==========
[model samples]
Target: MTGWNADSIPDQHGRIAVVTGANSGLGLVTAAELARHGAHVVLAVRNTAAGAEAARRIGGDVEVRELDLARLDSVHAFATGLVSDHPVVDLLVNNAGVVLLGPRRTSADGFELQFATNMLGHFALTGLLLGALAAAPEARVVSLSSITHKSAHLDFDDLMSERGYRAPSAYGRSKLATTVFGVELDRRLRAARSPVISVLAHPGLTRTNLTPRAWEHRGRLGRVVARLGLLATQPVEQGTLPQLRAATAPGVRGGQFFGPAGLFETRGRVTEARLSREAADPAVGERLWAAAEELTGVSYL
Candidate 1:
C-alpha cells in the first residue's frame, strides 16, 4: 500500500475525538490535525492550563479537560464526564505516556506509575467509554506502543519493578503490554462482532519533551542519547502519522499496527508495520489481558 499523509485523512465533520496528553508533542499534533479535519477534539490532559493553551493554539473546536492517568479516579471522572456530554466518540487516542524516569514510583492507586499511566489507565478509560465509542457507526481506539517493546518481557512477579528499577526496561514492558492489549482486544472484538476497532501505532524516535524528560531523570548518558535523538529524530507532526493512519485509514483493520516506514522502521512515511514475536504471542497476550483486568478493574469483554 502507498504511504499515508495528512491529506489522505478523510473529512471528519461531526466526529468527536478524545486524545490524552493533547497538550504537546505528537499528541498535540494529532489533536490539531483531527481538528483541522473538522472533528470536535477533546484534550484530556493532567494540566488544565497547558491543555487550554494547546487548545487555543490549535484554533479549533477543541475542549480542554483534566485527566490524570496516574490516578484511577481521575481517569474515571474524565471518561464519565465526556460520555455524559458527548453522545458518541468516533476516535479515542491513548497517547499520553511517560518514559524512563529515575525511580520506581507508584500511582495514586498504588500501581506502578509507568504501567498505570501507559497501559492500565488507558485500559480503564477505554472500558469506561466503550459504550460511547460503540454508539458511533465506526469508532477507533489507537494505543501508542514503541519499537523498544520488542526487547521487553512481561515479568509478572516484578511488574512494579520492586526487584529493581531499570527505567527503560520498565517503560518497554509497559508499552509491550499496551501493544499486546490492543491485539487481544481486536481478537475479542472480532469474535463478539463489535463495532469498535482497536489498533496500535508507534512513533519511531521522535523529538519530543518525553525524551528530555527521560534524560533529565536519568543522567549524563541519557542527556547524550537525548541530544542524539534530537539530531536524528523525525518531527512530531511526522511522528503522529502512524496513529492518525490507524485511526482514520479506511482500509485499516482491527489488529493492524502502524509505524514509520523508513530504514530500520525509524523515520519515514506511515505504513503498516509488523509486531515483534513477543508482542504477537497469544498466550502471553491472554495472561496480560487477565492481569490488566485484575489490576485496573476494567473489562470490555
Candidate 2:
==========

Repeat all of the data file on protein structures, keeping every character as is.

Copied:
[model samples]
Target: MTGWNADSIPDQHGRIAVVTGANSGLGLVTAAELARHGAHVVLAVRNTAAGAEAARRIGGDVEVRELDLARLDSVHAFATGLVSDHPVVDLLVNNAGVVLLGPRRTSADGFELQFATNMLGHFALTGLLLGALAAAPEARVVSLSSITHKSAHLDFDDLMSERGYRAPSAYGRSKLATTVFGVELDRRLRAARSPVISVLAHPGLTRTNLTPRAWEHRGRLGRVVARLGLLATQPVEQGTLPQLRAATAPGVRGGQFFGPAGLFETRGRVTEARLSREAADPAVGERLWAAAEELTGVSYL
Candidate 1:
C-alpha cells in the first residue's frame, strides 16, 4: 500500500475525538490535525492550563479537560464526564505516556506509575467509554506502543519493578503490554462482532519533551542519547502519522499496527508495520489481558 499523509485523512465533520496528553508533542499534533479535519477534539490532559493553551493554539473546536492517568479516579471522572456530554466518540487516542524516569514510583492507586499511566489507565478509560465509542457507526481506539517493546518481557512477579528499577526496561514492558492489549482486544472484538476497532501505532524516535524528560531523570548518558535523538529524530507532526493512519485509514483493520516506514522502521512515511514475536504471542497476550483486568478493574469483554 502507498504511504499515508495528512491529506489522505478523510473529512471528519461531526466526529468527536478524545486524545490524552493533547497538550504537546505528537499528541498535540494529532489533536490539531483531527481538528483541522473538522472533528470536535477533546484534550484530556493532567494540566488544565497547558491543555487550554494547546487548545487555543490549535484554533479549533477543541475542549480542554483534566485527566490524570496516574490516578484511577481521575481517569474515571474524565471518561464519565465526556460520555455524559458527548453522545458518541468516533476516535479515542491513548497517547499520553511517560518514559524512563529515575525511580520506581507508584500511582495514586498504588500501581506502578509507568504501567498505570501507559497501559492500565488507558485500559480503564477505554472500558469506561466503550459504550460511547460503540454508539458511533465506526469508532477507533489507537494505543501508542514503541519499537523498544520488542526487547521487553512481561515479568509478572516484578511488574512494579520492586526487584529493581531499570527505567527503560520498565517503560518497554509497559508499552509491550499496551501493544499486546490492543491485539487481544481486536481478537475479542472480532469474535463478539463489535463495532469498535482497536489498533496500535508507534512513533519511531521522535523529538519530543518525553525524551528530555527521560534524560533529565536519568543522567549524563541519557542527556547524550537525548541530544542524539534530537539530531536524528523525525518531527512530531511526522511522528503522529502512524496513529492518525490507524485511526482514520479506511482500509485499516482491527489488529493492524502502524509505524514509520523508513530504514530500520525509524523515520519515514506511515505504513503498516509488523509486531515483534513477543508482542504477537497469544498466550502471553491472554495472561496480560487477565492481569490488566485484575489490576485496573476494567473489562470490555
Candidate 2: